Live-in relationship neither a crime nor a sin: SC
A woman in an adulterous relationship cannot claim maintenance from her partner under the domestic violence act as the law protects only a live-in relationship that is "in the nature of marriage", the Supreme Court has ruled.Updated: Dec 01, 2013 20:01 IST
A woman in an adulterous relationship cannot claim maintenance from her partner under the domestic violence act as the law protects only a live-in relationship that is "in the nature of marriage", the Supreme Court has ruled.
A bench headed by justice KS Radhakrishnan said the ambit of the Protection of Women from Domestic Violence Act, 2005 - which for the first time recognized a man-woman relationship outside wedlock - did not cover live-in relationships in general.
It offers protection against domestic violence to a woman in a live-in relationship that is in the nature of marriage. She is also entitled to maintenance and other benefits.
The court said extending the benefit of the act to a woman who is not in a relationship in the nature of marriage would be an injustice to the man's wife and children.
However, it added: "Live-in or marriage-like relationship is neither a crime nor a sin though socially unacceptable in this country."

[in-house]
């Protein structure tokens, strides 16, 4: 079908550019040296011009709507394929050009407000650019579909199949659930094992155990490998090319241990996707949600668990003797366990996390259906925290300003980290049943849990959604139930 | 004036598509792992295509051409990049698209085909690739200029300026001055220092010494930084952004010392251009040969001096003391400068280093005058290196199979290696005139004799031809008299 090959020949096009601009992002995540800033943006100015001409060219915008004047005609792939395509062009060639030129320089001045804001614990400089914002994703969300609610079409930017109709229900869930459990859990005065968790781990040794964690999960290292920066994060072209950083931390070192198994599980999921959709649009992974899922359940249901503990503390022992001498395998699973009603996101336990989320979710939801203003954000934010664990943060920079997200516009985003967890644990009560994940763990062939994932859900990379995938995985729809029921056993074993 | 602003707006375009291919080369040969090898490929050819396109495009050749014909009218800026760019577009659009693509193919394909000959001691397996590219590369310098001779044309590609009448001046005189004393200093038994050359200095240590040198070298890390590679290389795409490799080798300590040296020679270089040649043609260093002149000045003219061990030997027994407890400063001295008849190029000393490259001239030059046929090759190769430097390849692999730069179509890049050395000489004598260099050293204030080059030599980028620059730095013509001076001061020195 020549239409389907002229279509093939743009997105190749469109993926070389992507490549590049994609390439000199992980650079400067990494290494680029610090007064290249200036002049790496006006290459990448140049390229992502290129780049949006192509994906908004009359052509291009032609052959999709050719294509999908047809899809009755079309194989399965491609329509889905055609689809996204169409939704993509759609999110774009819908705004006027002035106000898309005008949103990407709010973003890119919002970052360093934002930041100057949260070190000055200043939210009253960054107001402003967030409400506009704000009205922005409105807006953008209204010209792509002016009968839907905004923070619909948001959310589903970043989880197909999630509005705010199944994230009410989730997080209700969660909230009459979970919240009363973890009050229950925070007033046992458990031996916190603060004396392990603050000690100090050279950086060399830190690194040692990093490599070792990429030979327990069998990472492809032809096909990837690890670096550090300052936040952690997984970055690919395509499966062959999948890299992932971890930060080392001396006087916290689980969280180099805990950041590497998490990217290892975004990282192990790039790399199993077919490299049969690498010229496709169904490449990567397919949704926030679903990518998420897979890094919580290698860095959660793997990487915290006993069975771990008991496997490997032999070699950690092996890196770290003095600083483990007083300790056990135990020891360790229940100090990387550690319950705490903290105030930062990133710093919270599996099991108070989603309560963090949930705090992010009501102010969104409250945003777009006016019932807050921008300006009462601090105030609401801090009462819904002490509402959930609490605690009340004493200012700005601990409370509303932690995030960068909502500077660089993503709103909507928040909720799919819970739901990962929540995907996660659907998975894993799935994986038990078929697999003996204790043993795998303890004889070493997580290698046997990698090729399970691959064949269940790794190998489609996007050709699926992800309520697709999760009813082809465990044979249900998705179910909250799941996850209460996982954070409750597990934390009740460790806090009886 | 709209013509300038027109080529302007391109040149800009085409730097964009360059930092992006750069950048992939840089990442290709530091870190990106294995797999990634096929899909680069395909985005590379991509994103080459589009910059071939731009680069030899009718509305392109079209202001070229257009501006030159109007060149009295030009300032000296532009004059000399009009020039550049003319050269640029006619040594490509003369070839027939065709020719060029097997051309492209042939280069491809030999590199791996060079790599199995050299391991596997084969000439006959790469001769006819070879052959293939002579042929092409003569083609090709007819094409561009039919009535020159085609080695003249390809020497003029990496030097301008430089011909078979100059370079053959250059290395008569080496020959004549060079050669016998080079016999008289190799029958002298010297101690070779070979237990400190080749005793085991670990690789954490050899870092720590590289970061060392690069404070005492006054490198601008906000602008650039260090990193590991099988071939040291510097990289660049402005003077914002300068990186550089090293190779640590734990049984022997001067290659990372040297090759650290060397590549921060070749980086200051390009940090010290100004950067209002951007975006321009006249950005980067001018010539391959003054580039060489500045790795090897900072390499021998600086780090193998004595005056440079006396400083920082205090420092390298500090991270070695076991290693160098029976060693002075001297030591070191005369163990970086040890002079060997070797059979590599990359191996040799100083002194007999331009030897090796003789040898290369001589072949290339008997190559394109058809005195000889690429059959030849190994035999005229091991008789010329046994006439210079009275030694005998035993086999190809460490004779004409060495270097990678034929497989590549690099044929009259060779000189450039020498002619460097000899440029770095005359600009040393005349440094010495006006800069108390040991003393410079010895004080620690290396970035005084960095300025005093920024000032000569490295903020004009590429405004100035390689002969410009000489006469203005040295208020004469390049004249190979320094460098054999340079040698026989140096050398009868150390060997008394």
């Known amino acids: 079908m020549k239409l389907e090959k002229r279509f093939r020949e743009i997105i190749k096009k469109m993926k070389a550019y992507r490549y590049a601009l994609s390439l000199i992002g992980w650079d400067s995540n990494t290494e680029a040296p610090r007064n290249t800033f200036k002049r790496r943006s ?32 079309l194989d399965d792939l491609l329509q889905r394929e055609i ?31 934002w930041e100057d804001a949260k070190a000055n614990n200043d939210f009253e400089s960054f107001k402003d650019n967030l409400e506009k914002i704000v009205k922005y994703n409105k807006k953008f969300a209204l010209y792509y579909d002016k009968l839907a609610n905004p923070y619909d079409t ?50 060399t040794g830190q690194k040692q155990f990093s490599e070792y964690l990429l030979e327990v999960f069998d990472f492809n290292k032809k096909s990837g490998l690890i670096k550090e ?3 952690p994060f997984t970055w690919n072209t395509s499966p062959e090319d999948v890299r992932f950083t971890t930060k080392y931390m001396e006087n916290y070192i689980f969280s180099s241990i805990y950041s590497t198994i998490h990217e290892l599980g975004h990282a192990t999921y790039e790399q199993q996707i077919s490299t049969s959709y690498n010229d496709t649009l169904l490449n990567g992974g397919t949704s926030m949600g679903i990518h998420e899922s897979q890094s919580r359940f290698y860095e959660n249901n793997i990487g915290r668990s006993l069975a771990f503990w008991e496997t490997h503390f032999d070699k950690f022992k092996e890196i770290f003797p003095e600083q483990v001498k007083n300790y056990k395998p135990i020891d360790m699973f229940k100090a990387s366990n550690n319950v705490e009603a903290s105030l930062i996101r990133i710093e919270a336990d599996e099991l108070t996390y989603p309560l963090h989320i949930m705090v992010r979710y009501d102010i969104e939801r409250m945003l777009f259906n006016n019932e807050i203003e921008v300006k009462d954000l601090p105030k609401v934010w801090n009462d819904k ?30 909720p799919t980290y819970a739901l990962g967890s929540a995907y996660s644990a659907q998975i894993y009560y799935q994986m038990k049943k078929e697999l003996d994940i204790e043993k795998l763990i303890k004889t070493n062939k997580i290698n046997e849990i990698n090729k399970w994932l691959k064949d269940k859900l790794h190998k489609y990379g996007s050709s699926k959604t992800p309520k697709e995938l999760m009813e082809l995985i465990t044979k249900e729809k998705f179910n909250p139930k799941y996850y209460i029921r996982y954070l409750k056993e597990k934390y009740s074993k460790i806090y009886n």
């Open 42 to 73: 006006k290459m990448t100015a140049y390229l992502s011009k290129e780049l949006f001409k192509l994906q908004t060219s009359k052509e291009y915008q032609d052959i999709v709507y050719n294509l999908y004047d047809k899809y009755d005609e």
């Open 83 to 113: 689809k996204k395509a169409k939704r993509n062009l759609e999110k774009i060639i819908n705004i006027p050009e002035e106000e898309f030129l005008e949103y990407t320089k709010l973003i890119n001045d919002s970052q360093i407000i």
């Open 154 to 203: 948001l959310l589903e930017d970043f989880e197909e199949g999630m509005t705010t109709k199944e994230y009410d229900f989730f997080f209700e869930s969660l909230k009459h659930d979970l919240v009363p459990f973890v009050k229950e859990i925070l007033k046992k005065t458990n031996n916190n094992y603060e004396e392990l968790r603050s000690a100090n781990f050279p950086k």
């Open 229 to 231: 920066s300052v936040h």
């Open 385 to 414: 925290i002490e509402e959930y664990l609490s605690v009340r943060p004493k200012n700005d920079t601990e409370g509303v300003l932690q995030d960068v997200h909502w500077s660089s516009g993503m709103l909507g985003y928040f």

"Polygamy…or a bigamous marriage…and/or maintaining an adulterous relationship… cannot be said to be a relationship in the nature of marriage," it said.
Elaborating on what should be taken into consideration to decide if a live-in relationship fell within the expression "in the nature of marriage" so as to be covered under the law, the bench listed eight parameters - duration of relationship, shared household, pooling of resources and financial arrangements, domestic arrangements, sexual relationship, children, socialization in public and intention and conduct of the parties about their relationship.
It recommended that Parliament consider a proper law to address the problems faced by a large number of women in live-in relationships that are not in the nature of marriage and, hence, not covered under the act.
The ruling came on a petition filed by a woman from Bangalore. The court rejected her claim for maintenance and independent residence from the man on the grounds that she was only a "mistress" and the relationship in question did not fall within the definition of "domestic relationship" under section 2(f) of the act.
"… If any direction is given to the respondent (man) to pay maintenance or monetary consideration to the appellant (woman), that would be at the cost of the legally-wedded wife and children of the respondent, especially when they had opposed that relationship and have a cause of action against the appellant for alienating the companionship and affection of the husband/parent…," the bench said.